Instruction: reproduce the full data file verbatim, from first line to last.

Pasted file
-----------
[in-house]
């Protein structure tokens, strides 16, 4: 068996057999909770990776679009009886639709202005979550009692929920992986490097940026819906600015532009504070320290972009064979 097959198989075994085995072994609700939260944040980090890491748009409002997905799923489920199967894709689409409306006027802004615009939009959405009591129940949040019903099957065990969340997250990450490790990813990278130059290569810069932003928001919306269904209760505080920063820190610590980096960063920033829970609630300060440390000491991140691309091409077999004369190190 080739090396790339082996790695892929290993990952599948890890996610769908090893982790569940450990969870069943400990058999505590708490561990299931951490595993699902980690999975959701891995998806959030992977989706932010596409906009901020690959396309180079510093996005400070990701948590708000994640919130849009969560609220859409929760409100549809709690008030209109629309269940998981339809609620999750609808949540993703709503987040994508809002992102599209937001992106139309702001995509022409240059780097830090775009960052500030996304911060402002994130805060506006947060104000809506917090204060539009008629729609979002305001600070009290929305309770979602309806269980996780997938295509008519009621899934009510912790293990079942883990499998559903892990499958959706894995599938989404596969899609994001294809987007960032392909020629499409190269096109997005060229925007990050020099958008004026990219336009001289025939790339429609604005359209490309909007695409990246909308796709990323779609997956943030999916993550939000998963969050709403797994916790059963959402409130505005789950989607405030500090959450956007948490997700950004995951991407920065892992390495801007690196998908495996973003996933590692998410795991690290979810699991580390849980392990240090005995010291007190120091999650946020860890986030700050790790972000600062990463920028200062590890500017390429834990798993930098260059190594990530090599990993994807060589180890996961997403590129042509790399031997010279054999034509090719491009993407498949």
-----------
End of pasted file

[in-house]
């Protein structure tokens, strides 16, 4: 068996057999909770990776679009009886639709202005979550009692929920992986490097940026819906600015532009504070320290972009064979 097959198989075994085995072994609700939260944040980090890491748009409002997905799923489920199967894709689409409306006027802004615009939009959405009591129940949040019903099957065990969340997250990450490790990813990278130059290569810069932003928001919306269904209760505080920063820190610590980096960063920033829970609630300060440390000491991140691309091409077999004369190190 080739090396790339082996790695892929290993990952599948890890996610769908090893982790569940450990969870069943400990058999505590708490561990299931951490595993699902980690999975959701891995998806959030992977989706932010596409906009901020690959396309180079510093996005400070990701948590708000994640919130849009969560609220859409929760409100549809709690008030209109629309269940998981339809609620999750609808949540993703709503987040994508809002992102599209937001992106139309702001995509022409240059780097830090775009960052500030996304911060402002994130805060506006947060104000809506917090204060539009008629729609979002305001600070009290929305309770979602309806269980996780997938295509008519009621899934009510912790293990079942883990499998559903892990499958959706894995599938989404596969899609994001294809987007960032392909020629499409190269096109997005060229925007990050020099958008004026990219336009001289025939790339429609604005359209490309909007695409990246909308796709990323779609997956943030999916993550939000998963969050709403797994916790059963959402409130505005789950989607405030500090959450956007948490997700950004995951991407920065892992390495801007690196998908495996973003996933590692998410795991690290979810699991580390849980392990240090005995010291007190120091999650946020860890986030700050790790972000600062990463920028200062590890500017390429834990798993930098260059190594990530090599990993994807060589180890996961997403590129042509790399031997010279054999034509090719491009993407498949």